Leadership is the major factor that makes everything work together seamlessly; without leadership, all other business resources are ineffective.
Leaders recognize their need to attract followers. Happy and trustworthy followers are keys to understanding leadership. To follow, people must feel confident in the direction in which the leader is headed. To have this level of confidence, the leader must have clearly communicated the overall direction, the key outcomes desired, and the principal strategies agreed upon to reach the outcomes.
The 3 C’s of Change Leadership
Researchers found that 3 skills provide the necessary connection between the process part of change and the people part of change. These 3 C’s unite effective change leadership:
Unsuccessful leaders tended to focus on the “what” behind the change. Successful leaders communicated the “what” and the “why.” Leaders who explained the purpose of the change and connected it to the organization’s values or explained the benefits created stronger buy-in and urgency for the change.
Bringing people together to plan and execute change is critical. Successful leaders worked across boundaries, encouraged employees to break out of their silos, and refused to tolerate unhealthy competition. They also included employees in decision-making early on, strengthening their commitment to change. Unsuccessful change leaders failed to engage employees early and often in the change process.
Successful leaders made sure their own beliefs and behaviors supported change, too. Change is difficult, but leaders who negotiated it successfully were resilient and persistent, and willing to step outside their comfort zone. They also devoted more of their own time to the change effort and focused on the big picture. Unsuccessful leaders failed to adapt to challenges, expressed negativity, and were impatient with a lack of results.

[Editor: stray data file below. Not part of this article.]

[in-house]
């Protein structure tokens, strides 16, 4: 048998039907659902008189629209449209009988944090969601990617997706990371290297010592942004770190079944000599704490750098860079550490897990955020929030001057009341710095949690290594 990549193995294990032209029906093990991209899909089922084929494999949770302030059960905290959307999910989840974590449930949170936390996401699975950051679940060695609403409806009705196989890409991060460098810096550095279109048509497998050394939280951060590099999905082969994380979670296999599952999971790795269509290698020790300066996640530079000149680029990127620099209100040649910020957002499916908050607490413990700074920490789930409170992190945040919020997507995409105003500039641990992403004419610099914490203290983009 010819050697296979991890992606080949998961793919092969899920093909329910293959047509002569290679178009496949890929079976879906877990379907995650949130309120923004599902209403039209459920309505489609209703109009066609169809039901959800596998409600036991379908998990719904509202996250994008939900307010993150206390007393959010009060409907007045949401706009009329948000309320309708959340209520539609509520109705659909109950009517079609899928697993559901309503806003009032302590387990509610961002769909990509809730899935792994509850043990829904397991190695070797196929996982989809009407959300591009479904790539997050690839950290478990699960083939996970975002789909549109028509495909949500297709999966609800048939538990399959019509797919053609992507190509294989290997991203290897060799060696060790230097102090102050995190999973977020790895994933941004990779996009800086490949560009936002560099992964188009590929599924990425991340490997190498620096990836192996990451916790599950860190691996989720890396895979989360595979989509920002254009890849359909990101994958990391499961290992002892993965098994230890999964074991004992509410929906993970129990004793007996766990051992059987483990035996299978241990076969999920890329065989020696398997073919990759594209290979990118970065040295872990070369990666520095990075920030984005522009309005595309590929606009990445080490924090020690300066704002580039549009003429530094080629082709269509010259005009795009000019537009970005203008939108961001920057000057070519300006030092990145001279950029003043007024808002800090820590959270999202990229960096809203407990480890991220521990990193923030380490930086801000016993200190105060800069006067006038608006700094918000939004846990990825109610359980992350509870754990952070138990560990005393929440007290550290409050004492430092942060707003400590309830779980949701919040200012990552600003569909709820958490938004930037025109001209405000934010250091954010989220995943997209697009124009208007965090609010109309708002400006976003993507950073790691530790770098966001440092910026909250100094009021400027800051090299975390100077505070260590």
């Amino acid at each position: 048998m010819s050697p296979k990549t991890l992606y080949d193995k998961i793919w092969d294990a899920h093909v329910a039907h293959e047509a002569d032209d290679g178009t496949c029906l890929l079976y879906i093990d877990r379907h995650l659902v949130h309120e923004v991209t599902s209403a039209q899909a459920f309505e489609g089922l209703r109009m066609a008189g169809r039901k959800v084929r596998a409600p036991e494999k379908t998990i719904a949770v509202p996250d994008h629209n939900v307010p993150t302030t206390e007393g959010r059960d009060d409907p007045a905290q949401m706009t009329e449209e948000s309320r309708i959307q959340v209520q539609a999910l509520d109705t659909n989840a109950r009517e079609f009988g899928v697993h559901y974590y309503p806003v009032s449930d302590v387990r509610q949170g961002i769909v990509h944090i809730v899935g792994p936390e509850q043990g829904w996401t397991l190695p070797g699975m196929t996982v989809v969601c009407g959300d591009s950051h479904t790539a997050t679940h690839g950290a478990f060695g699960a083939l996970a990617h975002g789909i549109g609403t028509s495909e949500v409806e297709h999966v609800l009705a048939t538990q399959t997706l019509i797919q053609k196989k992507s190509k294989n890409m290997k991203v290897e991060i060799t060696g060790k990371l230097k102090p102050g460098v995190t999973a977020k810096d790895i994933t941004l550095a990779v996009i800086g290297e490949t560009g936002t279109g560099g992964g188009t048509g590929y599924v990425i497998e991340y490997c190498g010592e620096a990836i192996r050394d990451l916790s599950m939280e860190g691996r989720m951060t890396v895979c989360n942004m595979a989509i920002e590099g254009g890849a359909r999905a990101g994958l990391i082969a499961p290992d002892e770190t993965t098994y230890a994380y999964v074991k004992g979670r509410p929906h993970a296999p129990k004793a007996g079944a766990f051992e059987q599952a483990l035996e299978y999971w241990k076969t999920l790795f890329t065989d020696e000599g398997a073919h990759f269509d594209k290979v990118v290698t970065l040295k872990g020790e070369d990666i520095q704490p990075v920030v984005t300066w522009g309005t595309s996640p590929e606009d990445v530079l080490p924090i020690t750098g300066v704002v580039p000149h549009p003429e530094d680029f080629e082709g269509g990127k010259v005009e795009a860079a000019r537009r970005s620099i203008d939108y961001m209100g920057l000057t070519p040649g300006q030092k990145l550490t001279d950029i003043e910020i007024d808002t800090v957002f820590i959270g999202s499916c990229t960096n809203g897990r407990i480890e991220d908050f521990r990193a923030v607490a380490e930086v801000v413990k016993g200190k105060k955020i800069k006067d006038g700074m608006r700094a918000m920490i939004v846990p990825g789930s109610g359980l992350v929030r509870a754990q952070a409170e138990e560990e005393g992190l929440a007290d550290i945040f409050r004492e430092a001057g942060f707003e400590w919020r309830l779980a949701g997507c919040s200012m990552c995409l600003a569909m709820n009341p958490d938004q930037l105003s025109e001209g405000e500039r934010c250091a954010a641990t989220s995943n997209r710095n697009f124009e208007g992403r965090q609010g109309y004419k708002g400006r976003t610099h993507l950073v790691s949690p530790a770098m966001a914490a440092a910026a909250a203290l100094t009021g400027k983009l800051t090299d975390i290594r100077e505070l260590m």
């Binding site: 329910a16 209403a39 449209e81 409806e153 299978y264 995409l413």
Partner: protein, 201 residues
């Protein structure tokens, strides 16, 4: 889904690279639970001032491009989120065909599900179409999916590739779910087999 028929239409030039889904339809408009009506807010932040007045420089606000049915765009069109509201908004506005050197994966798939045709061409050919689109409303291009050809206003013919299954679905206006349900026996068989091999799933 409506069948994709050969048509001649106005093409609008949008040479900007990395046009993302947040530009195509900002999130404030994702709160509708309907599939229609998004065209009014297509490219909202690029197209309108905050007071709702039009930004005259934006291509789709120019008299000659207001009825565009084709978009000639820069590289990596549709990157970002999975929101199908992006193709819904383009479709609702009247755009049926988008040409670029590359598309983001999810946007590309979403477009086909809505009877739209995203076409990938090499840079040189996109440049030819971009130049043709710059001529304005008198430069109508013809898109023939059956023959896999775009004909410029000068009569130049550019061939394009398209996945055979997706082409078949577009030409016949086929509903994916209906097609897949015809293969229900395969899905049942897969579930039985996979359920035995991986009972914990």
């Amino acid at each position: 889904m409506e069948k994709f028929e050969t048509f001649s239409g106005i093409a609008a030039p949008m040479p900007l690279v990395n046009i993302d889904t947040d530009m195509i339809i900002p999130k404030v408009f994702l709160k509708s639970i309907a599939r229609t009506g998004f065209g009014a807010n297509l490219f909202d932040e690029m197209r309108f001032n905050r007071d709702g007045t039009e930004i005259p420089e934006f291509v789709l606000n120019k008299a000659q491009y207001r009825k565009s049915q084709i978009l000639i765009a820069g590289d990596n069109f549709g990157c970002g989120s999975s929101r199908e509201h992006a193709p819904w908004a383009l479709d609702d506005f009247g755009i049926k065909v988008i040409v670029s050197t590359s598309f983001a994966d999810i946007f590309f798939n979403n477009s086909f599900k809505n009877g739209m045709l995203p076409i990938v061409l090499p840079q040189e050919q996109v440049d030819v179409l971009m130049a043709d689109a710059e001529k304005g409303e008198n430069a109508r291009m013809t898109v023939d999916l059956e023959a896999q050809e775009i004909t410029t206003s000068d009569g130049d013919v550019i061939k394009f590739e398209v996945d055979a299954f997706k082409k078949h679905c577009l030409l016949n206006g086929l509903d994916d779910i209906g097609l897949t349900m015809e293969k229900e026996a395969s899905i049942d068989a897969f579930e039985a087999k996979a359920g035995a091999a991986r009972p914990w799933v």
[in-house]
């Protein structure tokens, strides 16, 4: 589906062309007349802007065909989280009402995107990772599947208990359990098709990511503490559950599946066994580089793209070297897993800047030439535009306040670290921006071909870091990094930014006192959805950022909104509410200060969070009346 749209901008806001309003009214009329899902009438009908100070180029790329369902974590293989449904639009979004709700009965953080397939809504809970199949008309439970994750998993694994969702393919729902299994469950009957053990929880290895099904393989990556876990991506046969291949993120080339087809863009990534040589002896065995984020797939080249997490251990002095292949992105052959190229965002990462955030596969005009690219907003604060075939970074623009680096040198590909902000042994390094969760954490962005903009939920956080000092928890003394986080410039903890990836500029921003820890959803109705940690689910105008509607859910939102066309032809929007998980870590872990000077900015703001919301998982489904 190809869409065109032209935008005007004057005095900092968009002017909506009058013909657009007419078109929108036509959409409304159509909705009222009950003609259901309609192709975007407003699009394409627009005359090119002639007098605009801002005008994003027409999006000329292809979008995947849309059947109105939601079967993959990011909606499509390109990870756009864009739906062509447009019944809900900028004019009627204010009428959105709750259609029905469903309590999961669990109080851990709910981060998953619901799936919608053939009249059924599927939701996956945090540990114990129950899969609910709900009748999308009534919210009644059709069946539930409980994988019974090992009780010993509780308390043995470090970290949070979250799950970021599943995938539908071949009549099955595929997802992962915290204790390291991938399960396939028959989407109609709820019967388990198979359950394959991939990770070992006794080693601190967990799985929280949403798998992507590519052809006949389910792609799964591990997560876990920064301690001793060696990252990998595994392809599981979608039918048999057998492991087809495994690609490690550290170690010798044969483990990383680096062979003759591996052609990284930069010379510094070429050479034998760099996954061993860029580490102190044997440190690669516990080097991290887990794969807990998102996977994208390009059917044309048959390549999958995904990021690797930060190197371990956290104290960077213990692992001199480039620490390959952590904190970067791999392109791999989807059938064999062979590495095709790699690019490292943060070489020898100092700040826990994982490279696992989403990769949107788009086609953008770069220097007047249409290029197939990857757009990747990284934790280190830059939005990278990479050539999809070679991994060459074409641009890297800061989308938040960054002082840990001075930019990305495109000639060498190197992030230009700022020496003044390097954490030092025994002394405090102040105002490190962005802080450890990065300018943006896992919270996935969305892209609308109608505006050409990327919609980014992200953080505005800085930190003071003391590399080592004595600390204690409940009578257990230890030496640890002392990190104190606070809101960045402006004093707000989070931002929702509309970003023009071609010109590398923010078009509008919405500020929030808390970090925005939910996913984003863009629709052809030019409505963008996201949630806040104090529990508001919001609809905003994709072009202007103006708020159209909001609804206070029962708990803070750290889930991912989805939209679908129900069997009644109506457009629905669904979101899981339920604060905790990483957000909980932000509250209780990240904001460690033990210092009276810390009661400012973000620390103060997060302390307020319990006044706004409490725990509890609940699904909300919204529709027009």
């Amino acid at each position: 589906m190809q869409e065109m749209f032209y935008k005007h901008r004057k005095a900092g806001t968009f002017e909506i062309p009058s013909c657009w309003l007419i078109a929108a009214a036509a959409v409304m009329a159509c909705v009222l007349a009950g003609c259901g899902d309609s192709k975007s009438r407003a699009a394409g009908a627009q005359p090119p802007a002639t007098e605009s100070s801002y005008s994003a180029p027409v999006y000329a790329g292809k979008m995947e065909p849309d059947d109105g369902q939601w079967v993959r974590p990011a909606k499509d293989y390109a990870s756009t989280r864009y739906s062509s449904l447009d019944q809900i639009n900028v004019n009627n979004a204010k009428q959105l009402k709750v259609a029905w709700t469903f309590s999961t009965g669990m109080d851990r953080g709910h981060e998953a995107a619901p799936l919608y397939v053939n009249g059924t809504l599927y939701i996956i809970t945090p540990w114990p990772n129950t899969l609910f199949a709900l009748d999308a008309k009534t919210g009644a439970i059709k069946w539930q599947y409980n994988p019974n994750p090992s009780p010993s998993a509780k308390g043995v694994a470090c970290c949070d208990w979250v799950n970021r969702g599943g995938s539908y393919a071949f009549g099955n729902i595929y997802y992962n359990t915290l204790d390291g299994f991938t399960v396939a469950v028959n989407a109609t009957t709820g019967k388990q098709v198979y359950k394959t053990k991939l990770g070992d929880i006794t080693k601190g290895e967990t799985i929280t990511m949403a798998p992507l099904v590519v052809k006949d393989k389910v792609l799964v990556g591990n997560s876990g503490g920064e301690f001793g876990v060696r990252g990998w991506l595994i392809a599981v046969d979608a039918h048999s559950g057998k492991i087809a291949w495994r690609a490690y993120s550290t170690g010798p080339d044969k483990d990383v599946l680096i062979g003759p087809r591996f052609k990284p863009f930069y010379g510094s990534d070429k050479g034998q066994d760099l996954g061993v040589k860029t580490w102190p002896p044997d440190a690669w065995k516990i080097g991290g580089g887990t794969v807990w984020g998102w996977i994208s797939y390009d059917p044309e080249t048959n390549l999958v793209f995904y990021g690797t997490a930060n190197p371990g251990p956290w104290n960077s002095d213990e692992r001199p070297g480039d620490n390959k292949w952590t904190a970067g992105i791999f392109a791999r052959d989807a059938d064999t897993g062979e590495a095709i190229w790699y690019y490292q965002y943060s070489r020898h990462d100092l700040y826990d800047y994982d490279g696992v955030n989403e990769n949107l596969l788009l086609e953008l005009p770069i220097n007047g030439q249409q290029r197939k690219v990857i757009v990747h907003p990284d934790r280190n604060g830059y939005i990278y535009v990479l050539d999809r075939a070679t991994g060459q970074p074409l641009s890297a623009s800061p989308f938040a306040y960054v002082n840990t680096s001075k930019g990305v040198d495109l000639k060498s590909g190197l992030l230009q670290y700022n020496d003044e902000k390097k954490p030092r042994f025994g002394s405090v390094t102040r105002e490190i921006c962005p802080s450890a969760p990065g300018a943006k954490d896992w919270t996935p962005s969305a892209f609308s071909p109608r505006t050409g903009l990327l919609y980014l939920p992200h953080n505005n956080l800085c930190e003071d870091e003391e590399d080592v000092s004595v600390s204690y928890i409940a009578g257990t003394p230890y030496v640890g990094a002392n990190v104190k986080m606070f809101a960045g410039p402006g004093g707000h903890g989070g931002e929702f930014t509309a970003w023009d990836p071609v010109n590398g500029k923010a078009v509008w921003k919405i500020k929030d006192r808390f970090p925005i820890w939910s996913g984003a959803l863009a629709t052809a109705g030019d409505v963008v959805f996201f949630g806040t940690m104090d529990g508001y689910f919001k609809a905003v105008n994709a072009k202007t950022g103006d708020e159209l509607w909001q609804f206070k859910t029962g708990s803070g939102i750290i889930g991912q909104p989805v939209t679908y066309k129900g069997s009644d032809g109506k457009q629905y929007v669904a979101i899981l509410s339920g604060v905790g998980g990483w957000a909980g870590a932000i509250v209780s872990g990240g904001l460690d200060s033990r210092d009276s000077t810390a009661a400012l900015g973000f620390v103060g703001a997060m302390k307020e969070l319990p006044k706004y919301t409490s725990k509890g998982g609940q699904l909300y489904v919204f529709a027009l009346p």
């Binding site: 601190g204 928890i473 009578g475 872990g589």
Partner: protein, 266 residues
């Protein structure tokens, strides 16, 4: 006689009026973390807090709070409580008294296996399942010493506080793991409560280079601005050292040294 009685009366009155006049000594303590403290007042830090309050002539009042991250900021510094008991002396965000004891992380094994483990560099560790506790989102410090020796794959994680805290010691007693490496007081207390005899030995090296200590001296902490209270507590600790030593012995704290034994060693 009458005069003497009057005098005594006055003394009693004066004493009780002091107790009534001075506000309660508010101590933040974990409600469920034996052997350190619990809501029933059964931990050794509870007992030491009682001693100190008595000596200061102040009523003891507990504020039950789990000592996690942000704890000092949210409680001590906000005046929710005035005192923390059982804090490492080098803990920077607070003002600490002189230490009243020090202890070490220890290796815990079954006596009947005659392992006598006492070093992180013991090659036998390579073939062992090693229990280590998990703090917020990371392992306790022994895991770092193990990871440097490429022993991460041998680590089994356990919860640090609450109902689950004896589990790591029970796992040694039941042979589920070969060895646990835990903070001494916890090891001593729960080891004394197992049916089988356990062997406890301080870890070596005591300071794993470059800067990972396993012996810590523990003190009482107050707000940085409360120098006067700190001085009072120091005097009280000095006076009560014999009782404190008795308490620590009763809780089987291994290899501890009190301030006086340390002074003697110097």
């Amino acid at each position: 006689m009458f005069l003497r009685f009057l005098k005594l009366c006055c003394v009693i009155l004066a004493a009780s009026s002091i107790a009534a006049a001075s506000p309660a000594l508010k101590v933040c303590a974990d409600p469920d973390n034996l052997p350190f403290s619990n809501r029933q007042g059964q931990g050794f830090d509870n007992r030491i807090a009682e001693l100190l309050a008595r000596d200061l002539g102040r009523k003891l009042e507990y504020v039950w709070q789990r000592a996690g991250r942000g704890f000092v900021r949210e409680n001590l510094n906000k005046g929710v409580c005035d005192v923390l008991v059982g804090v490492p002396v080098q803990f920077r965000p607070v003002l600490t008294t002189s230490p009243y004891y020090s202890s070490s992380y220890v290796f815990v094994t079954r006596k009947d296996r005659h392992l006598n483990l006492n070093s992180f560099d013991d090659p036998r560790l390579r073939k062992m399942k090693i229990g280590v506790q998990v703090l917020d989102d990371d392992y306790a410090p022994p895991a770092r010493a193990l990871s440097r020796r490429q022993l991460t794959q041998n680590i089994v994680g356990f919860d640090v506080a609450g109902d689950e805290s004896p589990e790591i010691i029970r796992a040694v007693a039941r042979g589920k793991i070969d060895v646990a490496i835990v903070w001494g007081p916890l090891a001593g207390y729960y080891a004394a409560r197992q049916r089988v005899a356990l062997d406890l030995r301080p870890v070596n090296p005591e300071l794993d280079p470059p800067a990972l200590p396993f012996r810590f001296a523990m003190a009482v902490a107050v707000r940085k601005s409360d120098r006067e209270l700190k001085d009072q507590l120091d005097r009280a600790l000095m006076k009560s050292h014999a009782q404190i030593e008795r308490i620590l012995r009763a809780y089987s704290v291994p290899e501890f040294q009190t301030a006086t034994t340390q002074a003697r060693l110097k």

Remember that the relationships team members establish among themselves are every bit as important as those you establish with them. As the team begins to take shape, pay close attention to the ways in which team members work together and take steps to improve communication, cooperation, trust, and respect in those relationships.
Emphasize the importance of each team member's contribution and demonstrate how all of them operate together to move the entire team closer to its goal.
Every business could benefit from an overview of its leadership style. Take, for example, a new CEO in an established company- they may benefit from altering their leadership style to be more in line with the current sensibility of the company (they may find leadership coaching helpful in this situation).
Trust is essential to an effective team, because it provides a sense of safety. When your team members feel safe with each other, they feel comfortable to open up, take appropriate risks, and expose vulnerabilities.
Without trust there's less innovation, collaboration, creative thinking, and productivity, and people spend their time protecting themselves and their interests – this is time that should be spent helping the group attain its goals.
With effective leadership, you discover you are capable of more than you imagined. This is a powerful philosophy that requires reciprocal trust between your team and yourself. Success is created with each new day, and with every glimpse of hope that opened by the leadership you provide.